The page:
Moon feels great because you don’t have your Pokemon learn hm moves this time around. Pokemon with the moves are given to you so that you can train your Pokemon with any moves you see fit. It is the only game where I didn’t actually catch as much Pokemon because I didn’t need a filler Pokemon to learn the hm move. That was a big thing to me because I lost interest in those Pokemon because they were good for getting me places, but not good in a fight. Moon seemed too fast to me because once you beat all the Kahunas, you were already at end game. You did have another goal while on your way to the final four, but it didn’t give you any character development. Let me rephrase that, you didn’t get any character development for your character, but you got it for all the other characters around you. Then again, Pokemon never really felt like a game that gave you great character development for your own character.

Moon was strong with changing the gym system and giving us a villain that we could actually relate to. In my eyes, it revolutionized Pokemon games in the near future. I was happy with the game, but it left me wanting more, like there was something taken from it for another game. Maybe that game will be called Super Moon/Sun. Another game that gives you more story and some additional Pokemon and legendaries as well. If I didn’t know better, I would think that this was Game Freaks way of having dlc. This is just my own opinion, so please tell me what you think about Pokemon and what the future will hold for the game series.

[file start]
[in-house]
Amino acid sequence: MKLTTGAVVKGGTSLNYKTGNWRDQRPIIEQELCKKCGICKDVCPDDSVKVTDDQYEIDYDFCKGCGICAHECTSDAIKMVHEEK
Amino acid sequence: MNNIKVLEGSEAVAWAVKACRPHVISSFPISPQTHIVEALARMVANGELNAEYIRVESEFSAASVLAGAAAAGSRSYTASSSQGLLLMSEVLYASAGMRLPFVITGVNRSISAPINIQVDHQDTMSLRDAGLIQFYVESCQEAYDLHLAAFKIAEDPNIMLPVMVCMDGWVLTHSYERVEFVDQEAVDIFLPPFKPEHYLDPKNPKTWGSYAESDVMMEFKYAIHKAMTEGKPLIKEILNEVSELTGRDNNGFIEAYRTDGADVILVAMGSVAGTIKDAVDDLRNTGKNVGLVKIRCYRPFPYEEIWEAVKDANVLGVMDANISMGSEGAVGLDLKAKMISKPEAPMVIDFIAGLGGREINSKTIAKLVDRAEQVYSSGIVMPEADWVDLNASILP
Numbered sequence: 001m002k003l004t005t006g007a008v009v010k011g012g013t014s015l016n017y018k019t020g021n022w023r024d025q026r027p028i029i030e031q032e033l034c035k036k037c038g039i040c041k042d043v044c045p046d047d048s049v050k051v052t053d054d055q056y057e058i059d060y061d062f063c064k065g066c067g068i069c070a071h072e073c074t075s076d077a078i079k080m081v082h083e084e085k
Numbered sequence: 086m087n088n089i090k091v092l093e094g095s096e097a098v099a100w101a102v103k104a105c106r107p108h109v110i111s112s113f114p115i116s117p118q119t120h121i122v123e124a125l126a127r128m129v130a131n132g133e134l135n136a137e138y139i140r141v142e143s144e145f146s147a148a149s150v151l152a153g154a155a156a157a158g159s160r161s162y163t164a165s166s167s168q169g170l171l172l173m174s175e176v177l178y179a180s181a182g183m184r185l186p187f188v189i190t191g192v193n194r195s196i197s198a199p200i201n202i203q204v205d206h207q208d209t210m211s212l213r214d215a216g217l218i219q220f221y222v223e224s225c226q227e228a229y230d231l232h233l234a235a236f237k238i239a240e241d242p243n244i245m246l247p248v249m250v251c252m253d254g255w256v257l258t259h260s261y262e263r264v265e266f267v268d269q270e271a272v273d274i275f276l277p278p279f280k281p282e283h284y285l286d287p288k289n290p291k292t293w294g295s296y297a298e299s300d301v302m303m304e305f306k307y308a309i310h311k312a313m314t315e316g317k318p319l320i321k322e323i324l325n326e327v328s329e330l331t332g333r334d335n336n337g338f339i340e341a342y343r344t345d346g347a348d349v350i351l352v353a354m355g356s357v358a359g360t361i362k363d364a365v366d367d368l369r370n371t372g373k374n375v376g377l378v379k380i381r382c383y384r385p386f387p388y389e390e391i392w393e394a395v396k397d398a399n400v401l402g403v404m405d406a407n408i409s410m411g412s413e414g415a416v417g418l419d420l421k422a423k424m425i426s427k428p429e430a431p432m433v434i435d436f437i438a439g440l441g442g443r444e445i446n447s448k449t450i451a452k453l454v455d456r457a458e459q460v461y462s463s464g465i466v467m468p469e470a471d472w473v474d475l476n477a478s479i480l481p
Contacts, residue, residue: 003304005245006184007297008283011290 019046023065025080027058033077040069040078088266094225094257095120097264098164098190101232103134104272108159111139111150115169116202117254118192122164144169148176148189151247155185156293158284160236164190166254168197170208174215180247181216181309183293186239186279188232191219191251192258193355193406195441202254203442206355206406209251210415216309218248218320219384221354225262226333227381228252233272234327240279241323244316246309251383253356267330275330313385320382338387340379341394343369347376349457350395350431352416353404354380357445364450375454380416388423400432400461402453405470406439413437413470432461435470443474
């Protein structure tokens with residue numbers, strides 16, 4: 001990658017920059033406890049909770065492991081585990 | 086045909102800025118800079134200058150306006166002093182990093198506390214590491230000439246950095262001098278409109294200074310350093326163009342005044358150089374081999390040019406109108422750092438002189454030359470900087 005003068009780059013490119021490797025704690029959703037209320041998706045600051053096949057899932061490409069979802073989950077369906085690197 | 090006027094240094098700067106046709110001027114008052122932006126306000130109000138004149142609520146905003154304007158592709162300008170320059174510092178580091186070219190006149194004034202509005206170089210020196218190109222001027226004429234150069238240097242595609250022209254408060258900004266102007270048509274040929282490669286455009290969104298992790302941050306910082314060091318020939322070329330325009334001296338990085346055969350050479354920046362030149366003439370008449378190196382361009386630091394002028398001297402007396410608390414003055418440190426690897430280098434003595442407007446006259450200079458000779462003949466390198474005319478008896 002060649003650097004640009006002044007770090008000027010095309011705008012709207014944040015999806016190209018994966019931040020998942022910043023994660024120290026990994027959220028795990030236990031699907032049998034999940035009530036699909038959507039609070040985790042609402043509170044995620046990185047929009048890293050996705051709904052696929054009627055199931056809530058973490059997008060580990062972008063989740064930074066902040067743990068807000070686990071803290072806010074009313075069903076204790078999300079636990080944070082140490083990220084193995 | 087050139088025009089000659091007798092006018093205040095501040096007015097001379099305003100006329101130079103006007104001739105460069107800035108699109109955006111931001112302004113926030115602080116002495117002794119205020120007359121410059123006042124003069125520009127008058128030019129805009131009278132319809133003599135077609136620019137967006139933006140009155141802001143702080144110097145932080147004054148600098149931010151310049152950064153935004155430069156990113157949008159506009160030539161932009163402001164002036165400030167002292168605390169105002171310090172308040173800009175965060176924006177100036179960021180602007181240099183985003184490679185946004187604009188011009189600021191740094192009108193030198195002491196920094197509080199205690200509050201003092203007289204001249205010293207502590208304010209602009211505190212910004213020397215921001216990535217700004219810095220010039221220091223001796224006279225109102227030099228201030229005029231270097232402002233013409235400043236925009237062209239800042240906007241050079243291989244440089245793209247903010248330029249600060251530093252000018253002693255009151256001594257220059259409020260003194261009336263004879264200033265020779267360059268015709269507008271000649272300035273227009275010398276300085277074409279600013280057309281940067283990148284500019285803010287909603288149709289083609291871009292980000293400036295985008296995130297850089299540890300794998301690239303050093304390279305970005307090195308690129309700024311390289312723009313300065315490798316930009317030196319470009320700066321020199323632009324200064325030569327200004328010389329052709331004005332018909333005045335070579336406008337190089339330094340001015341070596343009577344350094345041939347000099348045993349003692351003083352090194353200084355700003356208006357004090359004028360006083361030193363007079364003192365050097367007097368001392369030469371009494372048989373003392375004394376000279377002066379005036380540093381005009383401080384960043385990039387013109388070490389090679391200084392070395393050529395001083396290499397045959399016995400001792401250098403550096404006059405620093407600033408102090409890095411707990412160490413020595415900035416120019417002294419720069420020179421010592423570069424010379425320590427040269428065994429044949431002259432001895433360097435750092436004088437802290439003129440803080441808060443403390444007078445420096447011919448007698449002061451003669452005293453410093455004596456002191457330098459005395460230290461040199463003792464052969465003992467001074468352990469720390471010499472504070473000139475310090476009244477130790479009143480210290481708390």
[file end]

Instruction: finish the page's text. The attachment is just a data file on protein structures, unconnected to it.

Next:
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Let’s Unpack This: The Expanse





Let us journey to the Belt and beyond in the official board game adaptation of The Expanse! Tenye wa tim gut!

Thanks to Wizkids for providing the materials for this unboxing, and stay tuned for our full review.

The Expanse currently retails for around $30.00

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Why KotOR II Is Overrated




Knights of the Old Republic II–or just Kotor 2, as it’s known in fandom–is one of the most respected games in the Star Wars fandom. The more or less common consensus about it is that it was a bit underdeveloped but still very good (and you can always use Restored Content Mod). And anyway, it’s the best because of its story, not its gameplay.

I have no problem with this opinion, actually. I vaguely remember playing it in 2005, and I remember I kinda enjoyed it. But lately I decided to make use of a holiday discount and try replaying it. And…well, now I feel it was a mistake.